How to Determine the Absolute Number of Hydrogens from Integration Ratios

By Arthur Winter

When you use hydrogen NMR (or 1H NMR) to determine how many hydrogens are in a molecule, this only gives you the relative number of hydrogens, not the absolute number. For example, say that your relative ratio of hydrogens is 1:2, as shown here.

By measuring integration curves from NMR peaks, you find a relative ratio of 1:2.
By measuring integration curves from NMR peaks, you find a relative ratio of 1:2.

This does not necessarily mean that the peak on the left represents one hydrogen, and the peak on the right represents two hydrogens. Remember that this is the relative ratio of hydrogens, not the absolute ratio, which means that you know only that the larger peak has twice the number of hydrogens as the smaller peak; you don’t know the actual number of hydrogens. To find the absolute number of hydrogens, you must compare your ratio to the molecular formula.

If the sum of all the numbers in the relative ratio matches the number of hydrogens in the molecular formula — in this example, if there were only three hydrogens in the molecular formula — then you could say that the peak on the left represents one hydrogen and the peak on the right represents two hydrogens, because then all the hydrogens in the molecule would be accounted for. But if the molecular formula had six hydrogens in it, you would have to multiply the relative ratio by two to make the number in your spectrum match the number in your molecular formula — so in that case the peak that integrates for one would represent two hydrogens and the peak that integrates for two would represent four hydrogens. If there were nine hydrogens, you would multiply the relative integrations by three, and so forth.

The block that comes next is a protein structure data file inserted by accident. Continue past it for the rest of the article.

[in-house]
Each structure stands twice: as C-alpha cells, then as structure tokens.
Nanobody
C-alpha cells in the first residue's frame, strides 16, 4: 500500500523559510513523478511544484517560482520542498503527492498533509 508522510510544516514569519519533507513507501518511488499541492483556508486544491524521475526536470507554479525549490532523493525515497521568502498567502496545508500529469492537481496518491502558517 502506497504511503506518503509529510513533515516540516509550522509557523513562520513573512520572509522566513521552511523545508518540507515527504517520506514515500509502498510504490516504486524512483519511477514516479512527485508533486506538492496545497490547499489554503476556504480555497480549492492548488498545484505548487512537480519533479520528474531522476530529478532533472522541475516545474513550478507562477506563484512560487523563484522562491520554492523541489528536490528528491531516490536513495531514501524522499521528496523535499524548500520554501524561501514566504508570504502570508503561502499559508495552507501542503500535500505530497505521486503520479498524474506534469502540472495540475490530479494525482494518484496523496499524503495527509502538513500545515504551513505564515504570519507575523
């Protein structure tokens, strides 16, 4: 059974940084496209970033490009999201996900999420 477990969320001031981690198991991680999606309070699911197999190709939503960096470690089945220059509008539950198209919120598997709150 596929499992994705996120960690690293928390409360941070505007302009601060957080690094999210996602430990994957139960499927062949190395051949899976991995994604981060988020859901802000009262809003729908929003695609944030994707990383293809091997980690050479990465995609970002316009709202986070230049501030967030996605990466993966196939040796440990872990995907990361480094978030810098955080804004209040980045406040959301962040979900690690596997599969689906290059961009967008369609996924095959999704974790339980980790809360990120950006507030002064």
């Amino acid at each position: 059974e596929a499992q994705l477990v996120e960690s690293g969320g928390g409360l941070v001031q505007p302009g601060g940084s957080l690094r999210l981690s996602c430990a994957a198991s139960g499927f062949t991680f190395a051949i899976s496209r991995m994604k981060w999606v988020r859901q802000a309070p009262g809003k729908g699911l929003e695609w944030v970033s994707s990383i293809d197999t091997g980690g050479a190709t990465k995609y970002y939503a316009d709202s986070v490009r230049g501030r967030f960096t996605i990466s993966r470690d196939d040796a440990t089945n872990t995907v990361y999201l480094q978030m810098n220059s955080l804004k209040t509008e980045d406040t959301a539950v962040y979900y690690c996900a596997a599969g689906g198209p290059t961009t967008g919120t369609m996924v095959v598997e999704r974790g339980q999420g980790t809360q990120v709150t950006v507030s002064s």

Here’s another example: Say you want to find the structure of a compound whose molecular formula is C8H8O2, and you are given its 1H NMR spectrum (shown in the figure). By measuring the heights of the integration curves, you find the relative ratio to be 1:2:2:3. Now you need to convert that ratio into the absolute number of hydrogens that each peak represents. In this case, the molecular formula (C8H8O2) tells you that eight hydrogens are in the molecule. Because the relative ratio adds up to 8 (1 + 2 + 2 + 3), you don’t have to multiply the ratio by anything; the relative ratio is also the absolute ratio. You now know that the first peak represents 1H, the second and third peaks represent 2H, and the fourth peak represents 3H.

Remember that the sum of all the hydrogens (absolute number) that you derived from the integrations must exactly match the number of hydrogens in the molecular formula. If the numbers don’t match, then you need to reconsider the values of the integrals.